Celebrating Allen Sapp

Renowned Cree artist Allen Sapp died in December 2015, leaving behind a remarkable legacy of paintings. You’ll find Allen Sapps in collections around the world—but one of the largest collections is right here in the Agriculture Building.

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The Allen Sapp collection on the sixth floor of the Agriculture Building is a highlight of the college’s art collection. “Our art collection is a unique feature that highlights our broad, deep connection to this province,” says Dean Mary Buhr. “Our Allen Sapp collection, donated through the generosity and public spirit of Henry and Cheryl Kloppenburg, is of special interest because of the number and nature of the pieces.”

“Allen Sapp’s paintings resonate with people—especially prairie people—because they reflect a connection to the land and to the seasons,” says Gary Storey, professor emeritus, who manages the college’s art collection. “We have 23 of his paintings, mostly earlier works from the 1960s and 1970s.”

Born in 1928, Sapp grew up on the Red Pheasant Reserve south of North Battleford. His evocative paintings of life on the reserve during the Depression-era captured the public imagination from his first exhibition in 1968. By 1970, his works were showing in London and Los Angeles, and by 1975 he had been elected to the prestigious Royal Canadian Academy of Arts.

“Sapp painted what he knew and remembered—a life of simplicity,” Storey says. “What resonates even more are his titles: ‘Having rabbit for supper,’ ‘Got a prairie chicken,’ ‘Will be eating soon,’ ‘Stopping for a smoke’—they’re delightful.”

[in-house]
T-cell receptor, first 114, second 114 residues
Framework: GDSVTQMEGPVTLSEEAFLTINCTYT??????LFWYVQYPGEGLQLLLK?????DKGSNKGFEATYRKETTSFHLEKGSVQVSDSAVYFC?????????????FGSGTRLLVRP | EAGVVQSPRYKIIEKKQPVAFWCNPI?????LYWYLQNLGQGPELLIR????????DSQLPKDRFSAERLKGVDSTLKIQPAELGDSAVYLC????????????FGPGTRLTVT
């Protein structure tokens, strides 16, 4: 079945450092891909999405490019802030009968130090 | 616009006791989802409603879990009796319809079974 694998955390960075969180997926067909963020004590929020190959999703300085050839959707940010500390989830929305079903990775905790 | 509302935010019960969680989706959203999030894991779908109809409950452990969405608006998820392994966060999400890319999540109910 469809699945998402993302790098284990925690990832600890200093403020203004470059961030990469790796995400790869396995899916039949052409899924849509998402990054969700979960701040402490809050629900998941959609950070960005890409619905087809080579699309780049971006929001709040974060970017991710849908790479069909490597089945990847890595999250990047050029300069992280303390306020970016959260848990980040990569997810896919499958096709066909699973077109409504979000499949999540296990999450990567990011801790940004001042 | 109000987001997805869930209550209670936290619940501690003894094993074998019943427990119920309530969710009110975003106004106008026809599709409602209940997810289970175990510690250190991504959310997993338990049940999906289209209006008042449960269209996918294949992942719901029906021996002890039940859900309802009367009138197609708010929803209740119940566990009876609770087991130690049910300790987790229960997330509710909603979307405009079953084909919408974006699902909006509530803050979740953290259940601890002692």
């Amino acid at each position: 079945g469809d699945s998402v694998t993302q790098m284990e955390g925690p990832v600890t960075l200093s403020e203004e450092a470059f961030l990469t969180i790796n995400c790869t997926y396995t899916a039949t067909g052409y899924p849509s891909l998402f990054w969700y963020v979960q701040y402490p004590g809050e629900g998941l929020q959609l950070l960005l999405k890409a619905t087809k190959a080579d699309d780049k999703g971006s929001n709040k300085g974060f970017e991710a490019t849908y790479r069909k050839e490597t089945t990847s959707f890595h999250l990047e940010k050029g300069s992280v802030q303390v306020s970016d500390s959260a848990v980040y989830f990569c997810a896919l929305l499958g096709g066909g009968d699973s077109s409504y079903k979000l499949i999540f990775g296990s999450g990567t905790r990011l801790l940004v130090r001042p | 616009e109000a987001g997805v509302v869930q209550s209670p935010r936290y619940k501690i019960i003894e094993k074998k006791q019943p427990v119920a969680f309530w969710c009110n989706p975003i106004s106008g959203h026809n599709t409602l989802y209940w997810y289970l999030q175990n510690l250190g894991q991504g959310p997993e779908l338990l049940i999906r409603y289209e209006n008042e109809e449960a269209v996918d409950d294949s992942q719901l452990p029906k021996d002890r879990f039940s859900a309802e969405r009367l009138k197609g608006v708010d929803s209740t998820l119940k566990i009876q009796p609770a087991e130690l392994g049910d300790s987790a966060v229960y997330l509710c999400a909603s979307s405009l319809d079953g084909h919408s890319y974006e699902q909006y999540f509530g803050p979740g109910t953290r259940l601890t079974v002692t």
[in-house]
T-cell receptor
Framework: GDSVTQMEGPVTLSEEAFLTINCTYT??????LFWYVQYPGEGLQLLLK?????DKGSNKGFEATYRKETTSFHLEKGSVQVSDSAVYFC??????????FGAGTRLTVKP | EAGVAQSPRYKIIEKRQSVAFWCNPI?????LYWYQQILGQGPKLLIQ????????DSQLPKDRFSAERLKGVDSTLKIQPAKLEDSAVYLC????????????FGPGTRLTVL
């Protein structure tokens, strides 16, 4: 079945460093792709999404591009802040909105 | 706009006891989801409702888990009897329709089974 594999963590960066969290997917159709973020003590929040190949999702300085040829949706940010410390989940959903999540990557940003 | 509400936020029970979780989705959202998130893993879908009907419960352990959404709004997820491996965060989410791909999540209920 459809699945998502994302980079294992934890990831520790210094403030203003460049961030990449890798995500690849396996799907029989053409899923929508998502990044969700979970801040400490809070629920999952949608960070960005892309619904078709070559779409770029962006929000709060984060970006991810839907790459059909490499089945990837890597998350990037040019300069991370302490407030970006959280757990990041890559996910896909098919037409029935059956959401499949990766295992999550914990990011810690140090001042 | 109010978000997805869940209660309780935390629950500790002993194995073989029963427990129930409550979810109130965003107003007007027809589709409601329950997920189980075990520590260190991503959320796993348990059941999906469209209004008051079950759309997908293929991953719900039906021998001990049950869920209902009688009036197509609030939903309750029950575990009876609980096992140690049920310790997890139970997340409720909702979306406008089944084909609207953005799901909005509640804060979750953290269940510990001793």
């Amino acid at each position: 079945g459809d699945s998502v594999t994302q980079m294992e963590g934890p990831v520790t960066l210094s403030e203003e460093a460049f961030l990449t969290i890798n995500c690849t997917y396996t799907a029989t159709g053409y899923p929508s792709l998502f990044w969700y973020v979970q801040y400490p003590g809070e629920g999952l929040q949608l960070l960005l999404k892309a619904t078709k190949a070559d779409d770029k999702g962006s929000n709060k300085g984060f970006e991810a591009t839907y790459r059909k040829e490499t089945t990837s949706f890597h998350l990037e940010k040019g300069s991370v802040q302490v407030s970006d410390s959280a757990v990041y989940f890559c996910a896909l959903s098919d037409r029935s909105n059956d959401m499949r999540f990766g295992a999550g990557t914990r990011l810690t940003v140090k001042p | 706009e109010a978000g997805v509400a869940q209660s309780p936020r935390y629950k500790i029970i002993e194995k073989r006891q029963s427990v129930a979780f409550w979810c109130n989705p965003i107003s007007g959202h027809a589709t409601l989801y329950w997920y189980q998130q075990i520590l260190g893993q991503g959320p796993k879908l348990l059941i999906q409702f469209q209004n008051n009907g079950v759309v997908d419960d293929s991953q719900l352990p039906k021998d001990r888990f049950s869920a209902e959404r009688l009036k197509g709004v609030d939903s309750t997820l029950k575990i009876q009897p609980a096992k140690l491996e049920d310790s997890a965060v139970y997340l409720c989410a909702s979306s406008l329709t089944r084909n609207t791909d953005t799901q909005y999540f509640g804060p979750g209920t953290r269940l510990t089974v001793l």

Storey shares how the college came to house such an outstanding collection of Sapp paintings. “It goes back to 1990, when the new Agriculture Building was opened. I was a professor in the department of agricultural economics at the time, but I was also an artist so Dean John Stewart asked me to chair a committee to find artwork for the new building. Our philosophy was to support Saskatchewan artists, particularly new and emerging artists.”

When a sixth floor was added to the building in 2000, it opened a whole new venue for art. At the same time, Storey heard that the Kloppenburgs, well-known patrons of the arts, were interested in gifting some of their art to the university—with the proviso that it be displayed, not put in storage.

“We had this wonderful new space on the sixth floor, so we invited the Kloppenburgs to come have a look. Henry was delighted and that led to the first round of donated paintings, which included seven Allen Sapps,” Storey says.

The Kloppenburgs made further gifts in 2007 and 2012, including 55 pieces that make up the Collection of Inuit Sculpture on the second floor and more than 50 paintings on the sixth floor, including 22 of the college’s 23 Allen Sapps.

“One of the most important aspects of our collection is that almost all the works we’ve purchased or been gifted are on permanent display. The Kloppenburgs are very proud of the fact that they can come and see the paintings and sculptures they’ve gifted,” Storey says.

“The Kloppenburg’s love that our art works are always displayed for the public,” adds Dean Buhr adds, “and we sincerely enjoy showcasing to the world our unique blend of world-class art and agricultural science.”

Today, 26 years after chairing the first art committee, Storey continues to look after the collection, working closely with the Dean’s office and staff at the university’s Kenderdine Art Gallery. “This collection is a passion for me, certainly, but everyone connected with the college—students, staff and faculty—are very proud of what we’ve got.”